The Senate majority leader said that Democrats are reading too much into writings from Kavanaugh, in which he said investigations of sitting presidents are a distraction.
WASHINGTON (AP) — The Senate’s top Republican pushed back forcefully Thursday on warnings from Democrats that Supreme Court nominee Brett Kavanaugh might be willing to thwart the Russia investigation of special counsel Robert Mueller.
Majority Leader Mitch McConnell said on the Senate floor that Democrats are reading too much into writings from Kavanaugh, in which he said investigations of sitting presidents are a distraction. McConnell called the claims “outlandish” and a “conspiracy theory” and said Democrats are throwing “catnip for their far-left base.”
Kavanaugh wrote a decade ago that investigations of presidents can hurt their ability to govern. He had first-hand experience, having served on the Kenneth Starr team that investigated President Bill Clinton.
Senate Minority Leader Chuck Schumer has called Kavanaugh’s views on dealing with potential executive wrongdoing “dangerous.”
“If he’s the swing vote on any kind of rational check on this president, I worry. We should all worry,” Schumer said on the Senate floor Wednesday.
At least one Republican, Sen. Susan Collins of Maine, said she plans to ask Kavanaugh about his views on handling presidential misconduct. Collins will be among the key votes in determining whether he is confirmed.
“He doesn’t say that presidents shouldn’t be punished. He says it should be deferred or that impeachment is the appropriate remedy,” Collins said Thursday. She noted the changed stance from earlier in his career. “I’m interested in that it shows his views evolved, which I think is a reasonable learning experience.”
Kavanaugh, who has served on the Court of Appeals for the D.C. Circuit since 2006, was tapped by Trump to replace retiring Justice Anthony Kennedy on the Supreme Court.
In the article Democrats are citing, Kavanaugh wrote that the Supreme Court’s conclusion in Clinton v. Jones that presidents are not constitutionally entitled to a deferral of civil suits “may well have been entirely correct.” But he added that the court did say Congress is free to provide a temporary deferral, and indeed, “may be wise to do so.”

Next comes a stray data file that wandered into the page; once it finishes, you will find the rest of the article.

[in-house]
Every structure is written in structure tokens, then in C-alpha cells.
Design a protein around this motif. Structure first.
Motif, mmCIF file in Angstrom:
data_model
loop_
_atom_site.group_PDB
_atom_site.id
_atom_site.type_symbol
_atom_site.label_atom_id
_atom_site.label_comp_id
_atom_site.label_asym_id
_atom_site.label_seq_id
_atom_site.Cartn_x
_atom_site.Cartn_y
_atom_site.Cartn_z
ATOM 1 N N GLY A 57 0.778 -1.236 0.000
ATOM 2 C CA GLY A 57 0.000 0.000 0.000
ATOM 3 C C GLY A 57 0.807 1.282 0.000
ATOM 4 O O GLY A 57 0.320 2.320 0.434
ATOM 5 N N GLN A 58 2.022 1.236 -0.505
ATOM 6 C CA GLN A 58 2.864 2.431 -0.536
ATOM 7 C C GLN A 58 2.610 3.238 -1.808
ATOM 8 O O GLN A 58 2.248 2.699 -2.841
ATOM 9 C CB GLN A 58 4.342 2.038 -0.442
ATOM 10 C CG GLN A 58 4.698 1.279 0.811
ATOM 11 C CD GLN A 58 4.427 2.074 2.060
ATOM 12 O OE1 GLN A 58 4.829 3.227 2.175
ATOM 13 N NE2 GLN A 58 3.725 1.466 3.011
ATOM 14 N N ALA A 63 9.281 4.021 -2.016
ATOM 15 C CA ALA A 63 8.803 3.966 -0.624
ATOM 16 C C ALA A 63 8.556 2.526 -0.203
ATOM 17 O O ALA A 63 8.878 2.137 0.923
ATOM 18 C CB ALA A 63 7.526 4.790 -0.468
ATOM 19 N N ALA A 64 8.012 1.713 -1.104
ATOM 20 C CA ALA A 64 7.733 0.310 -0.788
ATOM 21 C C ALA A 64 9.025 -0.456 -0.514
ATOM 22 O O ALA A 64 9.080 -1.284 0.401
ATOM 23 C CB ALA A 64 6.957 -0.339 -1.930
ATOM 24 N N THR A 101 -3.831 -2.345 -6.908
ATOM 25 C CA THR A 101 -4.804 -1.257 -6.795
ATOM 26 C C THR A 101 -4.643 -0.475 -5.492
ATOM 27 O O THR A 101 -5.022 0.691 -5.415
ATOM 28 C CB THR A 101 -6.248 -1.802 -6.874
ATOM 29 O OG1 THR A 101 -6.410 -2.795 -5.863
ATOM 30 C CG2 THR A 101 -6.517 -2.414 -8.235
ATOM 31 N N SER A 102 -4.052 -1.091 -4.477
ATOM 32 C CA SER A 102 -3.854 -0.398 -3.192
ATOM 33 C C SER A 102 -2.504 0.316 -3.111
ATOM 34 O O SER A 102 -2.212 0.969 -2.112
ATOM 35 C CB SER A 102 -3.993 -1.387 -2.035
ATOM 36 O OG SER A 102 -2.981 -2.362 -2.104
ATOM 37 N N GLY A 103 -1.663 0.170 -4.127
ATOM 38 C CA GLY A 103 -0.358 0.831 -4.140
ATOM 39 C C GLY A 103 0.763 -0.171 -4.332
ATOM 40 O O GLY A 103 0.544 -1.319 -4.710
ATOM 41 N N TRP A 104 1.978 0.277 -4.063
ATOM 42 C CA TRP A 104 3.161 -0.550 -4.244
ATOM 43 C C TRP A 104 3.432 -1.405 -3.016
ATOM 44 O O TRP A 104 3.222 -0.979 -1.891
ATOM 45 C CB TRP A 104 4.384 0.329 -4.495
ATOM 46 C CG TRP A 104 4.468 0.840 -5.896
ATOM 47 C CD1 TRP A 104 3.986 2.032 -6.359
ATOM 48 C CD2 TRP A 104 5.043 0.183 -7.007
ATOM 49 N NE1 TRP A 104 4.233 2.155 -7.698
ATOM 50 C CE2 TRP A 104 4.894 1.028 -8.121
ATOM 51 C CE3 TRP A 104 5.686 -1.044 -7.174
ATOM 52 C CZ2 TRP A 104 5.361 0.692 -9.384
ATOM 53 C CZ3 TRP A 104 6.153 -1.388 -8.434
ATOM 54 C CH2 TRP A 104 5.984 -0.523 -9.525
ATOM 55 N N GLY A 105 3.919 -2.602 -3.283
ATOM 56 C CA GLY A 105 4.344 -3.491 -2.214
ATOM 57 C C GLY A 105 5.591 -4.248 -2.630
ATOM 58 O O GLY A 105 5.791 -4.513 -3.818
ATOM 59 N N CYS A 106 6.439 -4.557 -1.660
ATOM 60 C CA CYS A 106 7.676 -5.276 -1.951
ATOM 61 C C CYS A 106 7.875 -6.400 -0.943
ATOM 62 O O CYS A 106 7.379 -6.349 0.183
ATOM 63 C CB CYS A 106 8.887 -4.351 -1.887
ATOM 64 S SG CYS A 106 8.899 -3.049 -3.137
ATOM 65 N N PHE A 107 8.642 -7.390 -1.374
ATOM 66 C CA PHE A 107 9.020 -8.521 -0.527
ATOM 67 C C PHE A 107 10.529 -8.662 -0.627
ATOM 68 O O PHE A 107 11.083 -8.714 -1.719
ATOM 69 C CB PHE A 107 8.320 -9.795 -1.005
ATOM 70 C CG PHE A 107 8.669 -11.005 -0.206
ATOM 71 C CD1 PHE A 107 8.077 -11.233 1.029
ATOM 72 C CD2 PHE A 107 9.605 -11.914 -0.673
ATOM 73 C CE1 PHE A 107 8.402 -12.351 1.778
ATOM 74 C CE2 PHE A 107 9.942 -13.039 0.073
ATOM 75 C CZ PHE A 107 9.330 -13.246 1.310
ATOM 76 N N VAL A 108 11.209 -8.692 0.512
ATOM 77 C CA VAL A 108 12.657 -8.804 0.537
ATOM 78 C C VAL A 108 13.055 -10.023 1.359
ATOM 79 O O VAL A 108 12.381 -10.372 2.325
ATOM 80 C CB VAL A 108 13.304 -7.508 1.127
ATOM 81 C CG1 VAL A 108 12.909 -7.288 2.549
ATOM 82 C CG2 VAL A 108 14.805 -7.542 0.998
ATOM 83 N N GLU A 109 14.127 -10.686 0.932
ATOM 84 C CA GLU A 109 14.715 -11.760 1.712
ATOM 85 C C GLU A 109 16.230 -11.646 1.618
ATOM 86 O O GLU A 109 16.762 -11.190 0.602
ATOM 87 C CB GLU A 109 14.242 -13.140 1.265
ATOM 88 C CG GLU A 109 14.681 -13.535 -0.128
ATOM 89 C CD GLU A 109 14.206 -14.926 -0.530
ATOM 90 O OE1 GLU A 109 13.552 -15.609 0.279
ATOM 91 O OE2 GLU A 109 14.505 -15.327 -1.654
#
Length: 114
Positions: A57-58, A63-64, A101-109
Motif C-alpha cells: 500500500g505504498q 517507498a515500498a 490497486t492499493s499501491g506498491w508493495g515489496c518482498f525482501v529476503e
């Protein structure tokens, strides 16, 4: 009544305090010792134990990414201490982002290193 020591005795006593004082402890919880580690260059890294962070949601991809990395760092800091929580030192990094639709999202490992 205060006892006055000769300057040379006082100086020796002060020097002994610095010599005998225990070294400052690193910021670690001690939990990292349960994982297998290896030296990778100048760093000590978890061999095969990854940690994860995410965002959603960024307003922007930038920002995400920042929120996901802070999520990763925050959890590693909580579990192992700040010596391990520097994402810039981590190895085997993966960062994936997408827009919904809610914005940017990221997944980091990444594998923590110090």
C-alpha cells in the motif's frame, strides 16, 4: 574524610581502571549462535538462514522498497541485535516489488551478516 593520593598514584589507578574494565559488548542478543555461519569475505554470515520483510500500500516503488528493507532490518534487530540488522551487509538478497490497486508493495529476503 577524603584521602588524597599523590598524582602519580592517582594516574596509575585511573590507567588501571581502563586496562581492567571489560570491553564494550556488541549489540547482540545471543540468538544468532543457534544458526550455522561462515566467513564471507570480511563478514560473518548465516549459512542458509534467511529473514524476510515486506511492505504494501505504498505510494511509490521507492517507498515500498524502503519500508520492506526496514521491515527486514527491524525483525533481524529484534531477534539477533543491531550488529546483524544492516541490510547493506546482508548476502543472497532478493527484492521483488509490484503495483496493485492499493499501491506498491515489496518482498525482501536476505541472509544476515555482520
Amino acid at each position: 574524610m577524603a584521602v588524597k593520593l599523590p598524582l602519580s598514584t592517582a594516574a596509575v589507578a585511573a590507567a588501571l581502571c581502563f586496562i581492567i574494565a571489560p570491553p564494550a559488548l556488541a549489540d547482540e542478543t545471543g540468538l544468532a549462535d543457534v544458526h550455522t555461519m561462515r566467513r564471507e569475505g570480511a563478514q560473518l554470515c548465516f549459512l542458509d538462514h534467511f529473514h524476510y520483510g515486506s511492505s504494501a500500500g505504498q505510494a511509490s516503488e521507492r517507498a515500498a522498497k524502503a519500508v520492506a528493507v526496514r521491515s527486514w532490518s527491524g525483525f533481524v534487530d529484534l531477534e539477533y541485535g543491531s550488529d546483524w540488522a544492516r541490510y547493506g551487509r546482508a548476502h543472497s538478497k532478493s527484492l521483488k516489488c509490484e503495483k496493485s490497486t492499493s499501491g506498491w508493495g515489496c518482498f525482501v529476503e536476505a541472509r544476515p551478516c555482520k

“Deferral would allow the President to focus on the vital duties he was elected to perform,” Kavanaugh wrote. “Congress should consider doing the same, moreover, with respect to criminal investigations and prosecutions of the President.”
Kavanaugh argued that even the lesser burdens of a criminal investigation are time-consuming and distracting, adding that a president who is concerned about an ongoing criminal investigation is almost inevitably going to do a worse job.
He said his point is not to put the president above the law or to eliminate checks on the president, but “simply to defer litigation and investigations until the President is out of office.”
Kavanaugh in the article noted that one critique of deferral is that the country needs a check against a bad-behaving or law-breaking president. “But the Constitution already provides that check. If the president does something dastardly, the impeachment process is available.”
“In short, the Constitution establishes a clear mechanism to deter executive malfeasance; we should not burden a sitting President with civil suits, criminal investigations, or criminal prosecutions. The President’s job is difficult enough as is. And the country loses when the President’s focus is distracted by the burdens of civil litigation or criminal investigation and possible prosecution.”
House Minority Leader Nancy Pelosi on Thursday expressed concerns, seeing his views on separation of power as “kowtowing to the president, effectively saying that the president is above the law.”
No date has yet been set for confirmation hearings before the Senate Judiciary Committee, as reams of paperwork are being compiled on the judge’s record. Republicans, who hold a slim 51-49 majority in the Senate, are eager to have Trump’s nominee confirmed by the start of the court’s term in October, and before the midterm elections in November.
Associated Press writer Alan Fram contributed to this report.
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